Both tax reform plans would for the first time tax the income of college endowments by targeting the largest endowments at private institutions -- a "disastrous precedent for universities and indeed, for all charitable organizations," said Mary Sue Coleman, president of the Association of American Universities, in a statement this week. But the effects of the two bills on students and colleges are wide-ranging.
The House plan, passed earlier this month, strips out many tax benefits that made attending college and graduate programs as well as repaying student loans more affordable. Graduate students at campuses across the country organized walkouts Wednesday to protest a provision of the House plan that would tax graduate tuition benefits as income, a change that higher ed advocates say would render graduate education unattainable for many students. (House Ways and Means Chairman Kevin Brady hinted this week he was open to changing that provision during negotiations over the bill.)
The Senate plan, which has already cleared committee, left out many provisions of the House plan directly affecting student benefits. But it included a proposal that would create new costs for nonprofit entities like universities with business income unrelated to their core education mission. And it would tax income on royalties for licensing a college's name and logo.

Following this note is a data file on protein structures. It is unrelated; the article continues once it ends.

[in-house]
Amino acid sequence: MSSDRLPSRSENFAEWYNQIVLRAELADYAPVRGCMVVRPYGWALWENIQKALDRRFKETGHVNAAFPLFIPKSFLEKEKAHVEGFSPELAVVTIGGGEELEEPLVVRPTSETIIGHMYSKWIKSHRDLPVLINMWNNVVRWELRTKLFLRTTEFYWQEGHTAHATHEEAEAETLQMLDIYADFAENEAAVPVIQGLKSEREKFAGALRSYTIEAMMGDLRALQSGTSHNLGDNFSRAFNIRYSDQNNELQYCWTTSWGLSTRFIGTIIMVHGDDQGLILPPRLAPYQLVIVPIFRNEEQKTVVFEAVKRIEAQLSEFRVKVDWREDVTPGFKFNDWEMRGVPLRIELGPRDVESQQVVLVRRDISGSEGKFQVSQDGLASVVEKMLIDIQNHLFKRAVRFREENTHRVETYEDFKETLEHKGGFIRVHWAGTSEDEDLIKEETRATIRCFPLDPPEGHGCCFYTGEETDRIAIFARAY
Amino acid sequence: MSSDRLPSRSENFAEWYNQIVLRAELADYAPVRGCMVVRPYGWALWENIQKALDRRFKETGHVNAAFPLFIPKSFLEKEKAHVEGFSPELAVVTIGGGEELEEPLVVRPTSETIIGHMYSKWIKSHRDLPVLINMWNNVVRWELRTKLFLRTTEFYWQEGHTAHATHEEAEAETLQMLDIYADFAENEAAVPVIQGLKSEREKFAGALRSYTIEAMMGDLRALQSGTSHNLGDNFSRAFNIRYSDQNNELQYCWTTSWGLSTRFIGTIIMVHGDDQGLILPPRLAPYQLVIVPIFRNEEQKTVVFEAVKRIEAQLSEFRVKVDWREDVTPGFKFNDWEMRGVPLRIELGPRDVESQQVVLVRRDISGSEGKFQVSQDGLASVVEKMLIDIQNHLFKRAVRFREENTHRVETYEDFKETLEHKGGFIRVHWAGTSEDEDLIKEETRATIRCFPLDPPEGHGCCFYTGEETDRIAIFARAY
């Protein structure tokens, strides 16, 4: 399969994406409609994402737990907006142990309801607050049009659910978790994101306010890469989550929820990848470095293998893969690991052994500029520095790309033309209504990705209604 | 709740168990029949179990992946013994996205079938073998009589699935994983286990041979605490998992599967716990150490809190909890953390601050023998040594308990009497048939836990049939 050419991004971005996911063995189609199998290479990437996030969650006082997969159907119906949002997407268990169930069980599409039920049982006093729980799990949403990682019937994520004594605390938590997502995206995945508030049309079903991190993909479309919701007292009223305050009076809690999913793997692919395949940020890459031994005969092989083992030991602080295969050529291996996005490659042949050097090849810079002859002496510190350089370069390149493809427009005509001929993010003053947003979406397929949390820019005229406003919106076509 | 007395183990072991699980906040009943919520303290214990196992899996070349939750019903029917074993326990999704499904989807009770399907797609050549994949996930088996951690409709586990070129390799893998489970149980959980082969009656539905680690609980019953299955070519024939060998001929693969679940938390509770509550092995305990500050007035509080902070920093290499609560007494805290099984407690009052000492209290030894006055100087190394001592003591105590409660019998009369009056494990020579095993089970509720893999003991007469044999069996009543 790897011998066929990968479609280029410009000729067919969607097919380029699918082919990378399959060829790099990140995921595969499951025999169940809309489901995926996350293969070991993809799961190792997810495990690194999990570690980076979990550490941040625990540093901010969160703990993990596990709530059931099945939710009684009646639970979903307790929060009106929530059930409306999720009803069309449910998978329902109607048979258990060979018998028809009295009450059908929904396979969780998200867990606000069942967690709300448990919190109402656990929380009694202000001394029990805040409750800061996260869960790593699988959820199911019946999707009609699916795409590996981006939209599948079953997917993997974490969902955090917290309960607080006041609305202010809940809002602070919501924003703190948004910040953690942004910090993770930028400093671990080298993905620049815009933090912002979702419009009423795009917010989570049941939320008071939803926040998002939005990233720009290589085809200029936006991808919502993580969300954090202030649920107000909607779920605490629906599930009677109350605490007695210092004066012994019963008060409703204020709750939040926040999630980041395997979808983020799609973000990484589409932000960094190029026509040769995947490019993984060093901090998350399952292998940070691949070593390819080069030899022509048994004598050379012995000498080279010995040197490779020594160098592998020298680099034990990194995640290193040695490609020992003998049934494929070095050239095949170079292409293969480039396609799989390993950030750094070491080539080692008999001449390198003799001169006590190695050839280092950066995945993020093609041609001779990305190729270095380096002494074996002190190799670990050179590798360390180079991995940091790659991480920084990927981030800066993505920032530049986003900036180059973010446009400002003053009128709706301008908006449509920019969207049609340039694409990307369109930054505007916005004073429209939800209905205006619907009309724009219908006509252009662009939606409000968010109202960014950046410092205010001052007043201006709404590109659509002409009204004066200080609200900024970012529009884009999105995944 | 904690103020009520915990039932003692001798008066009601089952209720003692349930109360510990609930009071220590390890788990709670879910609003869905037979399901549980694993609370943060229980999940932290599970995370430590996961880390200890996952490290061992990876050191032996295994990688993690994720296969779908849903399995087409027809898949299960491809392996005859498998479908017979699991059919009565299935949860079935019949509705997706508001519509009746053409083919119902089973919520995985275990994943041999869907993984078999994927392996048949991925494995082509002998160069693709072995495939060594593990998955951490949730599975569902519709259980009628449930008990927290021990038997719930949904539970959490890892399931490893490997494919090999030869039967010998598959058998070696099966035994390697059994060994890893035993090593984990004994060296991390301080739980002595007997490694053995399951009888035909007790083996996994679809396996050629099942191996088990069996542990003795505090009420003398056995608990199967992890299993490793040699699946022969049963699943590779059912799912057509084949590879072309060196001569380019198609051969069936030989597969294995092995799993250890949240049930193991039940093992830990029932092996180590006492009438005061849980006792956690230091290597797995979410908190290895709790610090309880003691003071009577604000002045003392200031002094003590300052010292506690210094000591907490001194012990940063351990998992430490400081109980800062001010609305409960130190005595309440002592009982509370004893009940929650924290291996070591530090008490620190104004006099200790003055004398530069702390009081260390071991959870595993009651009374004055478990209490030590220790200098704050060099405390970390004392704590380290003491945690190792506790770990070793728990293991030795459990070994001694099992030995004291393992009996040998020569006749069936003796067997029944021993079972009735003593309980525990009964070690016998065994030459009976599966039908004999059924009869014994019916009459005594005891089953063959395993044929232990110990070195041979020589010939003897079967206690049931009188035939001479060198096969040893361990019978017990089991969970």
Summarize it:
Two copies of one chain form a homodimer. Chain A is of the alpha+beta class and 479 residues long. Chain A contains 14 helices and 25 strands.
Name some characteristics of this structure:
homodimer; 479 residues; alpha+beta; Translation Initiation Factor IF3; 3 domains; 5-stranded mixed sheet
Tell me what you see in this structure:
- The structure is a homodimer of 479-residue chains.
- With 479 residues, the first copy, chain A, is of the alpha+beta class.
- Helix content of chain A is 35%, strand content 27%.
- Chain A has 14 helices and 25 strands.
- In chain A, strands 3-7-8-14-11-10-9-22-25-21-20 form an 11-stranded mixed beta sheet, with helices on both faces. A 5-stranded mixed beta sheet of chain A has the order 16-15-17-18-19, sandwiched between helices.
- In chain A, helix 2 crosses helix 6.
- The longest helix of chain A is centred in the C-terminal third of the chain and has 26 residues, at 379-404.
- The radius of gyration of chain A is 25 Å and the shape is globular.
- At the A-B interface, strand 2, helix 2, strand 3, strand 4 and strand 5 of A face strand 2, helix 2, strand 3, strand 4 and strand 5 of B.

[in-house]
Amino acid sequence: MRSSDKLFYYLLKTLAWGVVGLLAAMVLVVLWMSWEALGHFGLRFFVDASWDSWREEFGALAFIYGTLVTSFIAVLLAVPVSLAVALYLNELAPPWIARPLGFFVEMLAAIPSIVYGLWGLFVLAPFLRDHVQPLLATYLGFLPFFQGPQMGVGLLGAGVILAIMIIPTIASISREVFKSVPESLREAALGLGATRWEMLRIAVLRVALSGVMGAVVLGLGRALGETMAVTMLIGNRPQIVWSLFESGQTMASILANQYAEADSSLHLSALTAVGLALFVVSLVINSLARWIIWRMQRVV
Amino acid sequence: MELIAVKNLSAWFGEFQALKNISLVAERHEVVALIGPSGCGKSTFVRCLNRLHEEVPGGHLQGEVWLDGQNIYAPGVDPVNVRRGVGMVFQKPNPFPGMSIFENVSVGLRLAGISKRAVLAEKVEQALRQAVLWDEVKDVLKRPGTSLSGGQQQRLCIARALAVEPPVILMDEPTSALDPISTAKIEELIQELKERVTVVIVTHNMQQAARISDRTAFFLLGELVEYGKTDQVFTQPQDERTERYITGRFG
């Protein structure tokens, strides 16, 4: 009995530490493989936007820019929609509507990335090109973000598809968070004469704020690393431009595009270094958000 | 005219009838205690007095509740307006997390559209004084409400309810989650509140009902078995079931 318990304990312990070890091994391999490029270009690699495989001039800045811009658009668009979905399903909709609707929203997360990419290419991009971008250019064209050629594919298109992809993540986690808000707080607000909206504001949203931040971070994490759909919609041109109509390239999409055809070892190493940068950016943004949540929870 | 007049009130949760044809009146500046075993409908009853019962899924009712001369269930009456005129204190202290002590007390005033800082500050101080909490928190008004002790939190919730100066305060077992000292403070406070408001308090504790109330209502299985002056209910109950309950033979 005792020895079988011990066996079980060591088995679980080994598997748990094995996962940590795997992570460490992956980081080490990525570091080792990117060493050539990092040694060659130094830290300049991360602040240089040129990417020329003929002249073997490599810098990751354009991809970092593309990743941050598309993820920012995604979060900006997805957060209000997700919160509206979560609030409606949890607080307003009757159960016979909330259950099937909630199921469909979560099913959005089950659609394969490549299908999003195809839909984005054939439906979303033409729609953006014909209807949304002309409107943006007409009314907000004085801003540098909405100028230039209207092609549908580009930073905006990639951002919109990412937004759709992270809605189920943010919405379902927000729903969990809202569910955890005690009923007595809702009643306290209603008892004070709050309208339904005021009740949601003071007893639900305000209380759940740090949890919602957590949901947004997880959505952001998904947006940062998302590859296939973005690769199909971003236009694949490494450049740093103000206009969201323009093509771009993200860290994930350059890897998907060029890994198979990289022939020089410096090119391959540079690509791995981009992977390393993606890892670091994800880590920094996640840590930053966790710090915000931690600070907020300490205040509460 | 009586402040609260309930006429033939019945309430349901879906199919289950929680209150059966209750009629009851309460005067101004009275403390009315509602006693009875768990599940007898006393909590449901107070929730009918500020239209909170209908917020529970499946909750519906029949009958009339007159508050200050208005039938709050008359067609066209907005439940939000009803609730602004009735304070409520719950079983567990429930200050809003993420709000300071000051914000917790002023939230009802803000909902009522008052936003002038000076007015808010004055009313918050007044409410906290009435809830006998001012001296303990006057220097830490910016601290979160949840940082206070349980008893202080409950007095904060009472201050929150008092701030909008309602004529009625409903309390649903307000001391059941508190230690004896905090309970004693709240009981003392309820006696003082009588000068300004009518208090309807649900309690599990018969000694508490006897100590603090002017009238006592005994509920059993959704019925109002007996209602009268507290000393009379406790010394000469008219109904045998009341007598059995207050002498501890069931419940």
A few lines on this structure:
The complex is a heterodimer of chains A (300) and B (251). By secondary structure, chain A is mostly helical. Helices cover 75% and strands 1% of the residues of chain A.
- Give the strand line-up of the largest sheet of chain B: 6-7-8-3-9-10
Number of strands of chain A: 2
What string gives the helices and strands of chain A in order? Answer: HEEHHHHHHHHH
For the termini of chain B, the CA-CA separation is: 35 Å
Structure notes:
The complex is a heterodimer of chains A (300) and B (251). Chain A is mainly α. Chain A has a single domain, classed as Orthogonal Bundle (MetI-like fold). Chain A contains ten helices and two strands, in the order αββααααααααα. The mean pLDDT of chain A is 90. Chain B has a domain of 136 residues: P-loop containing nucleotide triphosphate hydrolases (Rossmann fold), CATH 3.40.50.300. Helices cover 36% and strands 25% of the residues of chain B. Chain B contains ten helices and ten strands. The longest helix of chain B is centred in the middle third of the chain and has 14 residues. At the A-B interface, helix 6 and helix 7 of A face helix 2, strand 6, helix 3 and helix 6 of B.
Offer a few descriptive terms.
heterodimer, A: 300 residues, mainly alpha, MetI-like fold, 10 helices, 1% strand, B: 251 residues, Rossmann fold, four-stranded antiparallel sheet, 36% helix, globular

A provision that eliminates the ability to deduct any state and local taxes from a taxpayer's federal liability could have even bigger long-term consequences for public higher education by placing a huge strain on state budgets.
It appears increasingly likely that some version of the tax plan will pass the Senate -- possibly as soon as this week. That means many of the details of tax reform legislation, and the discrepancies between the two versions, will be worked out in conference committee.
A comparison of the House and Senate tax reform legislation follows.
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